For the first time in ten years, I didn’t have a reason (or job) forcing me to leave town. I don’t know if I could have managed even if I had. Also, my mother (and the dolphins, of course,) needed me around.
Unfortunately, I witnessed her deal with a plethora of logistical problems in the aftermath of his death. They served as daily reminders we were living in hell. We were new members of some bullshit death-of-a-loved-one-club… They call it: “The club no one wants to be in”.
Note to self: Don’t say, “Welcome to the club”. It sucks. Also it kind of takes the focus off what someone’s going through. It minimizes it... Even though at first glance it would seem like it’s connecting, it’s really not. There are other ways and other times to show you really get it and why.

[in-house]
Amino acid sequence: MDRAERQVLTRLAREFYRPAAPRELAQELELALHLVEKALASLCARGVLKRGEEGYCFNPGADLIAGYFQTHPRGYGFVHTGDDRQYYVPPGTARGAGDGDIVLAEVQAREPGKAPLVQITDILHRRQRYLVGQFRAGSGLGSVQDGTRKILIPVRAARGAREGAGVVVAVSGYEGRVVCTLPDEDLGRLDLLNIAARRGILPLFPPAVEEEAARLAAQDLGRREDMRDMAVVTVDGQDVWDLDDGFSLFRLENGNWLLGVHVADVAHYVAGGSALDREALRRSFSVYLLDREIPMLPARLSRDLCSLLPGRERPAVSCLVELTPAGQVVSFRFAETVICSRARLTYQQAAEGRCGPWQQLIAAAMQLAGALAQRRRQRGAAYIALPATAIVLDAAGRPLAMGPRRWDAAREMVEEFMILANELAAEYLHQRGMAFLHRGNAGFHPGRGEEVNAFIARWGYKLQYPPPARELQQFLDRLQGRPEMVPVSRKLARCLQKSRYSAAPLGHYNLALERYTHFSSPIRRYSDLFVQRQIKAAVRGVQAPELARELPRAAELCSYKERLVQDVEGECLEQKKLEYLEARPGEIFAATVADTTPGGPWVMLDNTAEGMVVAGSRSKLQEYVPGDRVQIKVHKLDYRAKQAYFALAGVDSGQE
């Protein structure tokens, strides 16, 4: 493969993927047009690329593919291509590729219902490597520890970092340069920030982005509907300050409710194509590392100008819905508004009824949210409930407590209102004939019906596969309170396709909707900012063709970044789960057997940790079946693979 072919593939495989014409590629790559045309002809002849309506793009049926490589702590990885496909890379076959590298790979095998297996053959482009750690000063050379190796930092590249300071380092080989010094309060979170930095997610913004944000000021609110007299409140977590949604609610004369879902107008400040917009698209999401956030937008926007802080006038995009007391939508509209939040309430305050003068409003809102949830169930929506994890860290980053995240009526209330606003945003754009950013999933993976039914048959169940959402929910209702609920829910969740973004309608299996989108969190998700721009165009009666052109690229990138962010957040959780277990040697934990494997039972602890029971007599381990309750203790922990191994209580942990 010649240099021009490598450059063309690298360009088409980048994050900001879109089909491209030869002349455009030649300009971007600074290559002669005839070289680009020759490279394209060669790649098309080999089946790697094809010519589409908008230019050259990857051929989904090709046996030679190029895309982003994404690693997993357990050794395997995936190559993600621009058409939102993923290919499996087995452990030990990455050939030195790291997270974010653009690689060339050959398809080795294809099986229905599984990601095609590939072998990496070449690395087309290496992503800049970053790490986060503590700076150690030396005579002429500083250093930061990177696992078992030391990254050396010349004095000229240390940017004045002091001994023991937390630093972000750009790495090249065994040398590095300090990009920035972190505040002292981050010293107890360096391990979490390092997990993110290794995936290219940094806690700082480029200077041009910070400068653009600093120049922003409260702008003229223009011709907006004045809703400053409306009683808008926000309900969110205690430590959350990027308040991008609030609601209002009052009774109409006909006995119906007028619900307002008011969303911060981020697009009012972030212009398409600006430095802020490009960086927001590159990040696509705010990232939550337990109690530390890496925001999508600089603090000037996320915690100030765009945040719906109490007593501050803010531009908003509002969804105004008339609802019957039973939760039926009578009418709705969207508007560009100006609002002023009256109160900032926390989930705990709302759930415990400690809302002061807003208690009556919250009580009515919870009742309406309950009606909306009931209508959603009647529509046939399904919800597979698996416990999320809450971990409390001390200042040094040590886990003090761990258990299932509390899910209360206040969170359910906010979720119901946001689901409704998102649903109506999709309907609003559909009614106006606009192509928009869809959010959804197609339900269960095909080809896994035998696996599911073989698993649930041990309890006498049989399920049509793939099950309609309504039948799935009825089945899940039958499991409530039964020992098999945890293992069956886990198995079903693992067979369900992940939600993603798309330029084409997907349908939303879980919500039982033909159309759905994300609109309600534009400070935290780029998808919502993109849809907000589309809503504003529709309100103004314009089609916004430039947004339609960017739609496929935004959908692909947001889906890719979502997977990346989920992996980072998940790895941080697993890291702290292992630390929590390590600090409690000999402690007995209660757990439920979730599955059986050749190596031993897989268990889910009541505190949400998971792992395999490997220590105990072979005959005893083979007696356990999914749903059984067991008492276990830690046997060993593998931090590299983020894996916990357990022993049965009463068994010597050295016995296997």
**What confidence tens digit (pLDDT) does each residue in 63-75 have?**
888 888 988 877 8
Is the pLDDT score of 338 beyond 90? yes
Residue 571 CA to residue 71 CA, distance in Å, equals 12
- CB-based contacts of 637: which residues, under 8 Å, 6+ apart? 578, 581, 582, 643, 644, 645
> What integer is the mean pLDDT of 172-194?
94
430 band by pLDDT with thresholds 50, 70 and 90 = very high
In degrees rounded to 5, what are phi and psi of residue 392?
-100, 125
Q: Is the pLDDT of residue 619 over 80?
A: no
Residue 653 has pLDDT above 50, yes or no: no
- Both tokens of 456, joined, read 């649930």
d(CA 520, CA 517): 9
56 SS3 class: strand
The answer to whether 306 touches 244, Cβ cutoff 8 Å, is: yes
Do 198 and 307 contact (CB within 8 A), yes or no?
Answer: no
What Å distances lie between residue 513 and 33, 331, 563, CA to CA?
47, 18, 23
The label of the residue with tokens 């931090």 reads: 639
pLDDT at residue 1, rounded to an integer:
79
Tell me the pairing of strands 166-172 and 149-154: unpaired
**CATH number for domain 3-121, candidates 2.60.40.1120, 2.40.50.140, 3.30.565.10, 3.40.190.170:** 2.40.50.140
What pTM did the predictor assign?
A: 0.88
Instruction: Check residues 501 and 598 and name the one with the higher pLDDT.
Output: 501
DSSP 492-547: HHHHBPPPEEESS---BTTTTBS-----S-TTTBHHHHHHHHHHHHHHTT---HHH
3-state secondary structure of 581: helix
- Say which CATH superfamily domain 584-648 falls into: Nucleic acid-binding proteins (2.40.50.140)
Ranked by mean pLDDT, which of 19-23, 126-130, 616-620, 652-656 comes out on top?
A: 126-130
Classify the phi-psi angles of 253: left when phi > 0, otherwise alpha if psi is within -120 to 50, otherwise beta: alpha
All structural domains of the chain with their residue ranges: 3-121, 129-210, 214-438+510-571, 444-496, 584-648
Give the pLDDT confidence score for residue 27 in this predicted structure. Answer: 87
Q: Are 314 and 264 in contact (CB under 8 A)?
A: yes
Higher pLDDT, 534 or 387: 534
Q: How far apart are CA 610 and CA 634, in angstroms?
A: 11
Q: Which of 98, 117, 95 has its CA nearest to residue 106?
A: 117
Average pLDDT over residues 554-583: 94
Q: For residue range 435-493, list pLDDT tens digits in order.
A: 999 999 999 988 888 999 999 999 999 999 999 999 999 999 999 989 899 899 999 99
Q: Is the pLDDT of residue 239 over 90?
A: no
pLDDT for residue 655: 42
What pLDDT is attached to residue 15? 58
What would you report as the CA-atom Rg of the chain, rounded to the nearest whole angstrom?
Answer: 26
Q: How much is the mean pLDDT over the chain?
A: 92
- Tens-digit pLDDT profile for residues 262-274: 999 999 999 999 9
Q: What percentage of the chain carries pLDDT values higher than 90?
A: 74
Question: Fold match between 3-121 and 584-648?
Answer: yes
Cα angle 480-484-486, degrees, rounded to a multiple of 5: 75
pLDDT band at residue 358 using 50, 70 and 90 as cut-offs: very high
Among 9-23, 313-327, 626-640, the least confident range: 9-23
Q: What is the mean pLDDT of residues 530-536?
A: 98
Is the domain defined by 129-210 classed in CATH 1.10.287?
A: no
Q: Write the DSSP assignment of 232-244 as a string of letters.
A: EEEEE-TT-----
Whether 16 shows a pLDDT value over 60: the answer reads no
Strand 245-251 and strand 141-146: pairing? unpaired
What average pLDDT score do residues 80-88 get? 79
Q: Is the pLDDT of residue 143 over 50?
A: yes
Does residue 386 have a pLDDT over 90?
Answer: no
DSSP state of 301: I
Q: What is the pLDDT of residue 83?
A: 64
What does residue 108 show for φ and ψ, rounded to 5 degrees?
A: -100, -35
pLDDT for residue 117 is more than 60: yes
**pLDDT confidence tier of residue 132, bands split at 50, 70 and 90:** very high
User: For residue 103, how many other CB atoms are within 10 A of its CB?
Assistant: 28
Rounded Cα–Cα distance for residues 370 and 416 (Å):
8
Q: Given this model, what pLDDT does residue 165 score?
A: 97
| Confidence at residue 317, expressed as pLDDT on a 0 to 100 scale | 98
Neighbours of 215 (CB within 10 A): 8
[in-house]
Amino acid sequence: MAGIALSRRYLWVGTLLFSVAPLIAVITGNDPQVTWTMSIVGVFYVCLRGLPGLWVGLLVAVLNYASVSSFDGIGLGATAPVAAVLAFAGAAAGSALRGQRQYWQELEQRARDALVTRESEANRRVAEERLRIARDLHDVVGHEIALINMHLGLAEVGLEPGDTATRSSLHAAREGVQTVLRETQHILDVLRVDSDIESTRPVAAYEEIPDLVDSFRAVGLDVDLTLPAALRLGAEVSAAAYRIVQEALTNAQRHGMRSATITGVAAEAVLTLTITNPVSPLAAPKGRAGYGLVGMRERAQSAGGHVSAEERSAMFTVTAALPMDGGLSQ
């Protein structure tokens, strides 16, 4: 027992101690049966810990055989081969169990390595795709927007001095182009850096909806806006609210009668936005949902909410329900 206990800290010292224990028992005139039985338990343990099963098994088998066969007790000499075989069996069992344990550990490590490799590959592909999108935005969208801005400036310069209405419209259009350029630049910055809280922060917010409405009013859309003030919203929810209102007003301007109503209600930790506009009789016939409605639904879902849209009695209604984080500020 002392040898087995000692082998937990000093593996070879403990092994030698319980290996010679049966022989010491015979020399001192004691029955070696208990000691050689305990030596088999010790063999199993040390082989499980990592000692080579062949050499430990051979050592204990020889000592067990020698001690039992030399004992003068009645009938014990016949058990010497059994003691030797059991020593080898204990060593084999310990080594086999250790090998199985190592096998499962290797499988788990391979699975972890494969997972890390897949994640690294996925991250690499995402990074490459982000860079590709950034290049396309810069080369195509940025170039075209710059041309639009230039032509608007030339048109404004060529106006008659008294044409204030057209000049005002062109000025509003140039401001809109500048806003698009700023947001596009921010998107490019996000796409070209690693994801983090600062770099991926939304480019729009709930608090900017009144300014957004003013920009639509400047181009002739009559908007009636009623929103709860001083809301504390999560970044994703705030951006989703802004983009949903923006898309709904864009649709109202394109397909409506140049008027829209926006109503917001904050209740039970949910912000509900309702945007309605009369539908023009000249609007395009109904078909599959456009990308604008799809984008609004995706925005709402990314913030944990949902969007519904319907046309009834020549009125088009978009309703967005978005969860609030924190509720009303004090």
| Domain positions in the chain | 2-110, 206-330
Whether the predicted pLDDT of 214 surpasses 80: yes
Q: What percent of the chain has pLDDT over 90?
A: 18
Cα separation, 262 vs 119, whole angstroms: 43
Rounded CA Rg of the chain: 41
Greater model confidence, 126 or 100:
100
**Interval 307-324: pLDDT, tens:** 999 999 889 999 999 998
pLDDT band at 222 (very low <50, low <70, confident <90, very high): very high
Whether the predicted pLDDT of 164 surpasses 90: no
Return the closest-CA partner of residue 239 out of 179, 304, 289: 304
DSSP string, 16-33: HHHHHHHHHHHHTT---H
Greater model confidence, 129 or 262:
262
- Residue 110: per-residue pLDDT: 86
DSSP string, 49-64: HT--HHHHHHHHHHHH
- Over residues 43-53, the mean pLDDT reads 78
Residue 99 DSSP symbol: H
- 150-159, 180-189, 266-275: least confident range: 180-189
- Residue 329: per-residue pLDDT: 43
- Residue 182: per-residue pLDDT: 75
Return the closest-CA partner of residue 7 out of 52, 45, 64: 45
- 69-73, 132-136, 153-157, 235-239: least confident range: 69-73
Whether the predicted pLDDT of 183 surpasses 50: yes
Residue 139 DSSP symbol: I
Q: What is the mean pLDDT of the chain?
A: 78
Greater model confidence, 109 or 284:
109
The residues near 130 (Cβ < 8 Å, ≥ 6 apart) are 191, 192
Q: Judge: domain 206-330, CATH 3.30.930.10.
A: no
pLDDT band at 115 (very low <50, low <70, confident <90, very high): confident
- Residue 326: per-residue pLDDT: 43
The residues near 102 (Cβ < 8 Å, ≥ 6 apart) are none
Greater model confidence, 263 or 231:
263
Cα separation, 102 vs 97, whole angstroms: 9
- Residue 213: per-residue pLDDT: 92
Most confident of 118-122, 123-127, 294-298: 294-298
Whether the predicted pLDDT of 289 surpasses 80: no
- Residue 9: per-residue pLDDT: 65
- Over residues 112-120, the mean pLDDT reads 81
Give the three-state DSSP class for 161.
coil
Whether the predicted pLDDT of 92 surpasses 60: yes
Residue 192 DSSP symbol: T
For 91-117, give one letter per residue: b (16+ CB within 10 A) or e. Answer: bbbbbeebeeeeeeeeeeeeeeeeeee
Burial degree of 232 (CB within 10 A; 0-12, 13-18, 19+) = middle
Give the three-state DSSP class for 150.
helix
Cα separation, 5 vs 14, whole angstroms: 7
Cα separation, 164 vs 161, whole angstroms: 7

One of my closest friends, the girl I’d probably been the most vulnerable with at that time, literally bailed on our friendship. Had my heart not already been shattered, she would have broken it for sure. Our messy, hand-written letters became distant in all the ways, and the occasional phone call, offered no recognition for the massive elephant in the room. I don’t know if she was just so caught up with whatever was going on in her own life or what… But, if you would’ve told me I’d be doing all that real-life stuff without her, I would have thought you’d lost your mind.
Note to self: Friendship can be for better and for worse. Never be too busy or worried about how YOU are going to feel when something bad happens to your friend. Just show up when someone is going through
hard things life… Don’t worry if you don’t know what to say or if what you say comes out all twisted up and dumb. As long as you are genuine, it won’t matter. It could even mean not talking- just a silent nod, that is okay too. You make a safe space to allow all of it. Any and all emotion and reactions are accepted. Also- expect NOTHING in return. JUST SHOW UP, for the love of god, JUST.SHOW.UP.